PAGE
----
15. Use the Library
Hopefully current circumstances haven’t knocked out the services of your local library. Use the request system to focus on specific authors or topics and regularly visit the library with your kids.
16. Be Silly
Don’t be too serious. Tell silly jokes. Sing silly songs. Lighten up and laugh with your kiddos.
17. Add Anticipation
After the year we just had, what family doesn’t need something to look forward to. Put a fun excursion or celebration on the calendar. Even if you pencil it in for the end of the coming year, just knowing that you’ve got something to look forward to makes the day-to-day that much easier.
18. Notice Progress
It’s easy to notice that your 6-year-old is struggling with reading or that your 12-year-old is just not getting Algebra, but how often do you remember the areas in which your children are excelling? Don’t forget to notice and cheer them on when they’re knocking it out of the park—which might be a lot more often than you think.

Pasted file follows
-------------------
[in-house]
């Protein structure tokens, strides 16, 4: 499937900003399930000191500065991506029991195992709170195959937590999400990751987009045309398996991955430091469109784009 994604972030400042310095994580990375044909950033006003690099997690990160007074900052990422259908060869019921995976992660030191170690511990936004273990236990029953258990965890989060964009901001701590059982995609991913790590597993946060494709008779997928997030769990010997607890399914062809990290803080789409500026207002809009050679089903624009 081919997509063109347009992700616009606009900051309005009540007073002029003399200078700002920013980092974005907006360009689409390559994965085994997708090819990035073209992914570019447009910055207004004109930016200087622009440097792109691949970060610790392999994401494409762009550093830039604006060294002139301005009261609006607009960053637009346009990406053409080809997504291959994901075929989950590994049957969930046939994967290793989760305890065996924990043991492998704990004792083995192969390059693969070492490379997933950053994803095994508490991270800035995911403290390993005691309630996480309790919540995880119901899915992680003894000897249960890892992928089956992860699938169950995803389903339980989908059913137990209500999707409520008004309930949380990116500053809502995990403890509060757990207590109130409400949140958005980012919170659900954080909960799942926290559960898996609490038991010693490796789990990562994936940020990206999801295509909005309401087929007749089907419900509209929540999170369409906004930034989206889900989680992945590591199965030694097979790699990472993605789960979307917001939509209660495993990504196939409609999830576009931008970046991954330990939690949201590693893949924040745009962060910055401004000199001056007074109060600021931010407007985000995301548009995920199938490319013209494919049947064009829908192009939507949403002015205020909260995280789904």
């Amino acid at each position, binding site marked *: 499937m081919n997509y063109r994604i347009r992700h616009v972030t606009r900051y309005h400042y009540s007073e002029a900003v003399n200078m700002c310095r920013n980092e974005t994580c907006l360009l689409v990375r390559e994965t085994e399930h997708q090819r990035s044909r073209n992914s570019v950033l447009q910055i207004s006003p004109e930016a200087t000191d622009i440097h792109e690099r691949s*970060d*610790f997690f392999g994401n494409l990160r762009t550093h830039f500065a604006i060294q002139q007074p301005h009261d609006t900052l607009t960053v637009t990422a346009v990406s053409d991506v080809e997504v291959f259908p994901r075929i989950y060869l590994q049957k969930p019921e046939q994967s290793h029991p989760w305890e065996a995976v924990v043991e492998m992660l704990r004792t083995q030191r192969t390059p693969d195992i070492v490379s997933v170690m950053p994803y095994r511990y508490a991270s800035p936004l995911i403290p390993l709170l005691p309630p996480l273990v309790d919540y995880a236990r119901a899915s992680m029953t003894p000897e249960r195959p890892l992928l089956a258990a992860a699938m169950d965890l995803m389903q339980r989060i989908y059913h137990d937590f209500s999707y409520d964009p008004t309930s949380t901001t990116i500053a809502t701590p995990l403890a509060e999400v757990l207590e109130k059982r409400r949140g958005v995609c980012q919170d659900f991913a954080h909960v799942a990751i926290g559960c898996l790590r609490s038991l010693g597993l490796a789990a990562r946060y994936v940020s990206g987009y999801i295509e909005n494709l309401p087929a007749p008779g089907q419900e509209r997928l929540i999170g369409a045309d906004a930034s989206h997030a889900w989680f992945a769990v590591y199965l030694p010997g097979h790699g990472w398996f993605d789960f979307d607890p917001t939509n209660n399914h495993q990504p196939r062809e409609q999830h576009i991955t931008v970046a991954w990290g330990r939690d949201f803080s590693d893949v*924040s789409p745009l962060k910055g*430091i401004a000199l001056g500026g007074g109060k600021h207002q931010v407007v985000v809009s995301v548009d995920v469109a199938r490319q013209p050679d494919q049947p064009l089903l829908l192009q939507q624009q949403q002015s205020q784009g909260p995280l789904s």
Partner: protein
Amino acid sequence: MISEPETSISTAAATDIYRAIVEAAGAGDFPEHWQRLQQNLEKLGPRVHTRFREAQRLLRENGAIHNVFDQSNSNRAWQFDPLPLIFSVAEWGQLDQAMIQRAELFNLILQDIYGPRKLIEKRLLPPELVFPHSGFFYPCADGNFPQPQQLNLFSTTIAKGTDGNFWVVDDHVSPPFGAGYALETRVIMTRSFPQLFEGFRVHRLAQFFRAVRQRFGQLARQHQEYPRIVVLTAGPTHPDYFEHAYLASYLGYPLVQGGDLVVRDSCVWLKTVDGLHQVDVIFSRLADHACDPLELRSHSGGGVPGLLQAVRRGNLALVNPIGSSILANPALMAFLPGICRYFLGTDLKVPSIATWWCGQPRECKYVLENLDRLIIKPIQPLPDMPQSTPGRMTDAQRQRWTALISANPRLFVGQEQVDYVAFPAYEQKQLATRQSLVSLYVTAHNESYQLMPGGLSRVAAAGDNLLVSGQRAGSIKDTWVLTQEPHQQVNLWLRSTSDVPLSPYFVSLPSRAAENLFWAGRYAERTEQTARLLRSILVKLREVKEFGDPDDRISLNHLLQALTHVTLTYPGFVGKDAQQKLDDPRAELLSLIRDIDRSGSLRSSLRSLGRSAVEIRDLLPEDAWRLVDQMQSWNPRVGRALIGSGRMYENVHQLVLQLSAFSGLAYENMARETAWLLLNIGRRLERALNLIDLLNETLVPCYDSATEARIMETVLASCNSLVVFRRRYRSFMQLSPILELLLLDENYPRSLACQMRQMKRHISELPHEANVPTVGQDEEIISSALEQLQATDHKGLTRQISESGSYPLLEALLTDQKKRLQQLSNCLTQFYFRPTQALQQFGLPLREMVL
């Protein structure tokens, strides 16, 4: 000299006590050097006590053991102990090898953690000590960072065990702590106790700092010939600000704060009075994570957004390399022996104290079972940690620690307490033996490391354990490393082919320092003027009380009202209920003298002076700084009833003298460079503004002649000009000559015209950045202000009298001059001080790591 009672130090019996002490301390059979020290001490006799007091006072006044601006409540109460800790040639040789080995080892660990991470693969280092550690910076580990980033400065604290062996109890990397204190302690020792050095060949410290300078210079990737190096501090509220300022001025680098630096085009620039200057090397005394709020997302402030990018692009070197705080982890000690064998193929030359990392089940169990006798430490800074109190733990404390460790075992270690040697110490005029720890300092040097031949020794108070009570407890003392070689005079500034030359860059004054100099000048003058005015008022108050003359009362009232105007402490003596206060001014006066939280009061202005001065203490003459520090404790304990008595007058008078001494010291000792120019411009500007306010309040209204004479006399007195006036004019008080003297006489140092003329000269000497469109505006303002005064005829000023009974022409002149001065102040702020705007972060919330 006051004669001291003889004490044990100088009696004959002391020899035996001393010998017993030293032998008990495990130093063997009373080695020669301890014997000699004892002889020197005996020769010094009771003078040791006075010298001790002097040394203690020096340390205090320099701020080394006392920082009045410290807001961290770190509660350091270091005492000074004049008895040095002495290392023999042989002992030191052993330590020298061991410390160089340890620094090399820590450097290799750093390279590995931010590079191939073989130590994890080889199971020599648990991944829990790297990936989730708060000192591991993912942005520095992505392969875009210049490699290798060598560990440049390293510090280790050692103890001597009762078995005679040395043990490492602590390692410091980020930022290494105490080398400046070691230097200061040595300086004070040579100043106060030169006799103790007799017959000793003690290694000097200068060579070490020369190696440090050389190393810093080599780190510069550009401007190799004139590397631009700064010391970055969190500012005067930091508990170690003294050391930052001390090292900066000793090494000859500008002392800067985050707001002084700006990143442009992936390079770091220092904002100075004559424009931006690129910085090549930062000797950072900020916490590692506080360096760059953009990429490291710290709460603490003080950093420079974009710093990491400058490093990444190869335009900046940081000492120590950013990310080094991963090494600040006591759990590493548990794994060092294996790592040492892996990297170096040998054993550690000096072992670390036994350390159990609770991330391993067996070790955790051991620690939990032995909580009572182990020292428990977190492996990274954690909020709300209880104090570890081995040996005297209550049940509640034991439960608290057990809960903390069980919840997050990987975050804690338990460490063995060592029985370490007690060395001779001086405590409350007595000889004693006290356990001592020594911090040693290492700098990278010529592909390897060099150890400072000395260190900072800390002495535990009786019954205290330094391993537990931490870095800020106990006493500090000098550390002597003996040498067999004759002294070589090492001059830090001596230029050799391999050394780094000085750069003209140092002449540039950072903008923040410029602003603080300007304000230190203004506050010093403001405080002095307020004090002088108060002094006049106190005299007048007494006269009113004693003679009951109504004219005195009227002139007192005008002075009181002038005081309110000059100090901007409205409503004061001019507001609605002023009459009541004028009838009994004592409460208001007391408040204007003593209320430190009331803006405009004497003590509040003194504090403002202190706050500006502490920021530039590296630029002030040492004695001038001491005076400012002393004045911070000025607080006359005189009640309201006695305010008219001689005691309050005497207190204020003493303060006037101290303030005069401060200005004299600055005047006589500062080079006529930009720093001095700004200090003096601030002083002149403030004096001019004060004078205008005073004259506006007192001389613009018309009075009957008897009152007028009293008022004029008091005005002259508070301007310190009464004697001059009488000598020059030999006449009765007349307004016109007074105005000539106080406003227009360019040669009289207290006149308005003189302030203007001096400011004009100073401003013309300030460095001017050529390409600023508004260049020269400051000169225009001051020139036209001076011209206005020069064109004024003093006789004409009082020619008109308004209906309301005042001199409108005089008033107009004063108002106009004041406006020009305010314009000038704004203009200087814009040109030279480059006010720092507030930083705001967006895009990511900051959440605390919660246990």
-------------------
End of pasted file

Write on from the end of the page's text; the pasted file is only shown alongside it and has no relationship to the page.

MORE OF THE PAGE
19. Let Them Linger
Sometimes you’ll hit on something that totally fascinates your kids, whether it’s the Revolutionary War, the Great Barrier Reef, Chinese characters, oil painting, woodworking, or photography. When they’re genuinely interested, back up and let them linger.
20. Connection Over Completion
You’ve got a list with boxes that you just want to check off, but don’t lose sight of the importance of connecting with your children during this period of their lives. Checking boxes is not nearly as important as connecting with your kids and walking with them along this homeschooling journey together.
21. Remember Gratitude
Pause regularly to reflect on all that you’re grateful for—including this opportunity to homeschool your children. It’s such a gift for them, for you, and for everyone they’ll impact in their lives going forward. When the going gets tough, sit with gratitude for a while. The perspective it brings can be extraordinary.